transfiguration

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trans·fig·u·ra·tion

 (trăns-fĭg′yə-rā′shən)
n.
1.
a. A marked change in form or appearance; a metamorphosis.
b. A change that glorifies or exalts.
2. Transfiguration
a. Bible The sudden emanation of radiance from the person of Jesus that occurred on a mountain.
b. The Christian feast commemorating this event, observed on August 6 in the Roman Catholic, Anglican, and Orthodox churches and on the Sunday before Lent in most Protestant churches.
American Heritage® Dictionary of the English Language, Fifth Edition. Copyright © 2016 by Houghton Mifflin Harcourt Publishing Company. Published by Houghton Mifflin Harcourt Publishing Company. All rights reserved.

transfiguration

(ˌtrænsfɪɡjʊˈreɪʃən)
n
the act or an instance of transfiguring or the state of being transfigured

Transfiguration

(ˌtrænsfɪɡjʊˈreɪʃən)
n
1. (Bible) New Testament the change in the appearance of Christ that took place before three disciples (Matthew 17:1–9)
2. (Theology) the Church festival held in commemoration of this on Aug 6
Collins English Dictionary – Complete and Unabridged, 12th Edition 2014 © HarperCollins Publishers 1991, 1994, 1998, 2000, 2003, 2006, 2007, 2009, 2011, 2014

trans•fig•u•ra•tion

(ˌtræns fɪg yəˈreɪ ʃən, trænsˌfɪg-)

n.
1. the act of transfiguring.
2. the state of being transfigured.
3. (cap.) the supernatural and glorified change in the appearance of Jesus on the mountain. Matt. 17:1–9.
4. (cap.) the church festival commemorating this, observed on August 6.
[1325–75; < Latin trānsfigūrātiō change of shape. See transfigure, -ation]
Random House Kernerman Webster's College Dictionary, © 2010 K Dictionaries Ltd. Copyright 2005, 1997, 1991 by Random House, Inc. All rights reserved.
ThesaurusAntonymsRelated WordsSynonymsLegend:
Noun1.transfiguration - (Christianity) a church festival held in commemoration of the Transfiguration of JesusTransfiguration - (Christianity) a church festival held in commemoration of the Transfiguration of Jesus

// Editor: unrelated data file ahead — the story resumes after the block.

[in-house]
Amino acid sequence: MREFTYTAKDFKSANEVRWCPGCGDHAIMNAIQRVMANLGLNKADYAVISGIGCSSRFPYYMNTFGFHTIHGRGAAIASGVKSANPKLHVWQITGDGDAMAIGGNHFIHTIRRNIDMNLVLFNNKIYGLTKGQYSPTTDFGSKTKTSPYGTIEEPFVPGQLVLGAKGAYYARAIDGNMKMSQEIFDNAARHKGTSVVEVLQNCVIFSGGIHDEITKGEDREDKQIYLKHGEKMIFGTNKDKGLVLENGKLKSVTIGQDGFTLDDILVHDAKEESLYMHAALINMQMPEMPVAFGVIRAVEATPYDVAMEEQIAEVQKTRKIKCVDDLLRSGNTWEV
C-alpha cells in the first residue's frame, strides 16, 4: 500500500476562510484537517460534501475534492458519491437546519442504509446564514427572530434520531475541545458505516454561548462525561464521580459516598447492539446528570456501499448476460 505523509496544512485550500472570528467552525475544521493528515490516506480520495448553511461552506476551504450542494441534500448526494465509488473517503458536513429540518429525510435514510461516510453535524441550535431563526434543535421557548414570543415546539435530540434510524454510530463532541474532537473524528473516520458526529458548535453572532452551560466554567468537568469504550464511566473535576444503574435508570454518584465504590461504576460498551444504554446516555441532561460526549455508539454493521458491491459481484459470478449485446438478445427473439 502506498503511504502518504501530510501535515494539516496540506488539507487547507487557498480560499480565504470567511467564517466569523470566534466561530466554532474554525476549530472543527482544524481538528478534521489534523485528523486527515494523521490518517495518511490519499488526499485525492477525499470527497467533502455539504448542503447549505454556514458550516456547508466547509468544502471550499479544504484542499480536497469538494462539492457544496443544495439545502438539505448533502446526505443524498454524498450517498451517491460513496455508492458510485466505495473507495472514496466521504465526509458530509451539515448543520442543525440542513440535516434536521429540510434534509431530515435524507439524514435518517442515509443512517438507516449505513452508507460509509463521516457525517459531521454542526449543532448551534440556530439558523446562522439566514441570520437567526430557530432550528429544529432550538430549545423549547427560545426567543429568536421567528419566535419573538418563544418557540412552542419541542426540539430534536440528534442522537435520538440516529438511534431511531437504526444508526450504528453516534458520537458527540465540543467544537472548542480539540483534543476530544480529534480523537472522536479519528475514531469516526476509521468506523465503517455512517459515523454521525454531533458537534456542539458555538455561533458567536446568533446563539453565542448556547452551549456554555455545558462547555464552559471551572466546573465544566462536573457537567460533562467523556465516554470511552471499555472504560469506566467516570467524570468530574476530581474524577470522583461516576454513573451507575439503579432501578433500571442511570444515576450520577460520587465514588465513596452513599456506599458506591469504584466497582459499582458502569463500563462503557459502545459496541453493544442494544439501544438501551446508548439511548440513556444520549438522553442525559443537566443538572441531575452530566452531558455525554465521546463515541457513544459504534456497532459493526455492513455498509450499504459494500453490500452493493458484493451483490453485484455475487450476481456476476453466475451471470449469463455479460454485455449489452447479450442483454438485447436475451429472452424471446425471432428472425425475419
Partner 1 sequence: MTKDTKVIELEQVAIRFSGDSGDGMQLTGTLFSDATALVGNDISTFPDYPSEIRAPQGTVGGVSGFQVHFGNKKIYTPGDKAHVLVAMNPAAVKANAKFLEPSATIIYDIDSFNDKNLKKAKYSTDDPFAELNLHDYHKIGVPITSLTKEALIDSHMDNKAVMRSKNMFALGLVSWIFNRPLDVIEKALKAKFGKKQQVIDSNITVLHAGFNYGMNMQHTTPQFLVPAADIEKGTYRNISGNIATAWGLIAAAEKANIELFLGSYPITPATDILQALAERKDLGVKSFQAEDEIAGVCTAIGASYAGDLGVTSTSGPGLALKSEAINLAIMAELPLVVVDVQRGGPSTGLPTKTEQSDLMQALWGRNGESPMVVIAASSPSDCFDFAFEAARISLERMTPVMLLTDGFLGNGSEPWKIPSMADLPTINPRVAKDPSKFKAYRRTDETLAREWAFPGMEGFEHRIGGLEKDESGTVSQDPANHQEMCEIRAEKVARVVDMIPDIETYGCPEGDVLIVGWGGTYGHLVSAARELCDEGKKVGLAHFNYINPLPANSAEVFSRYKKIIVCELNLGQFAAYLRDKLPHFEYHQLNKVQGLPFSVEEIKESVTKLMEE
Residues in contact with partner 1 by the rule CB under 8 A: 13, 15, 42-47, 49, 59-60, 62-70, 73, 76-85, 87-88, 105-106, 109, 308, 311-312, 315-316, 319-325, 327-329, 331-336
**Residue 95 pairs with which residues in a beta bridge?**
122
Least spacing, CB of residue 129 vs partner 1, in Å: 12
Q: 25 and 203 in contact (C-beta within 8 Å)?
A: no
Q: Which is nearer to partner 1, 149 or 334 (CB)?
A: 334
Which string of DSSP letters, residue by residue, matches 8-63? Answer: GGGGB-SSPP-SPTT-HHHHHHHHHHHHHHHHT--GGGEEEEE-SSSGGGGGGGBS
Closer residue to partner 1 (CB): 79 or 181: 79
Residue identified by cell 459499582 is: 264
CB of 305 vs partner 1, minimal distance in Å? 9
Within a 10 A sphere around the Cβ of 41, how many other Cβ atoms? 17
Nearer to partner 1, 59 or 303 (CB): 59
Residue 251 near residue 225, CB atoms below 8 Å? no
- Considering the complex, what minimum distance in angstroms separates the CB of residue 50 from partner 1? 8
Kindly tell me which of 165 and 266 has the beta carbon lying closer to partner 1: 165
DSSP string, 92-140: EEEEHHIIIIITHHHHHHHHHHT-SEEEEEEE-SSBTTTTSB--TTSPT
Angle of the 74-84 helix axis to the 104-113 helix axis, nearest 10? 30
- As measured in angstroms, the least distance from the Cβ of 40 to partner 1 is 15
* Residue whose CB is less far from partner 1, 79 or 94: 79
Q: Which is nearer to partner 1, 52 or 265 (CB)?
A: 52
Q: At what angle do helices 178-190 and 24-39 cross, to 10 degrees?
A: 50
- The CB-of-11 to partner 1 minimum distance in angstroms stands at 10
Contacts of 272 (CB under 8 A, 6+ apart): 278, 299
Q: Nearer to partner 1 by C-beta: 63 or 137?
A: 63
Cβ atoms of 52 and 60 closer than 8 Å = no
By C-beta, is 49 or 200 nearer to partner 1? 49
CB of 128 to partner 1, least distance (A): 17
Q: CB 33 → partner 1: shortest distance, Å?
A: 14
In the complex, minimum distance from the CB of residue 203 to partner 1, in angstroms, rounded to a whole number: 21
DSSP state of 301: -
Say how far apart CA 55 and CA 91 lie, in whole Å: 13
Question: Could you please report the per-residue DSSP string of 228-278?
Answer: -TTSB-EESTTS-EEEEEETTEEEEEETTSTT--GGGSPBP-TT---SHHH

Christian religion, Christianity - a monotheistic system of beliefs and practices based on the Old Testament and the teachings of Jesus as embodied in the New Testament and emphasizing the role of Jesus as savior
Christian holy day - a religious holiday for Christians
2.transfiguration - (New Testament) the sudden emanation of radiance from the person of JesusTransfiguration - (New Testament) the sudden emanation of radiance from the person of Jesus
New Testament - the collection of books of the Gospels, Acts of the Apostles, the Pauline and other epistles, and Revelation; composed soon after Christ's death; the second half of the Christian Bible
miracle - a marvellous event manifesting a supernatural act of a divine agent
3.transfiguration - a striking change in appearance or character or circumstances; "the metamorphosis of the old house into something new and exciting"
revision, alteration - the act of revising or altering (involving reconsideration and modification); "it would require a drastic revision of his opinion"
4.transfiguration - the act of transforming so as to exalt or glorifytransfiguration - the act of transforming so as to exalt or glorify
translation, transformation - the act of changing in form or shape or appearance; "a photograph is a translation of a scene onto a two-dimensional surface"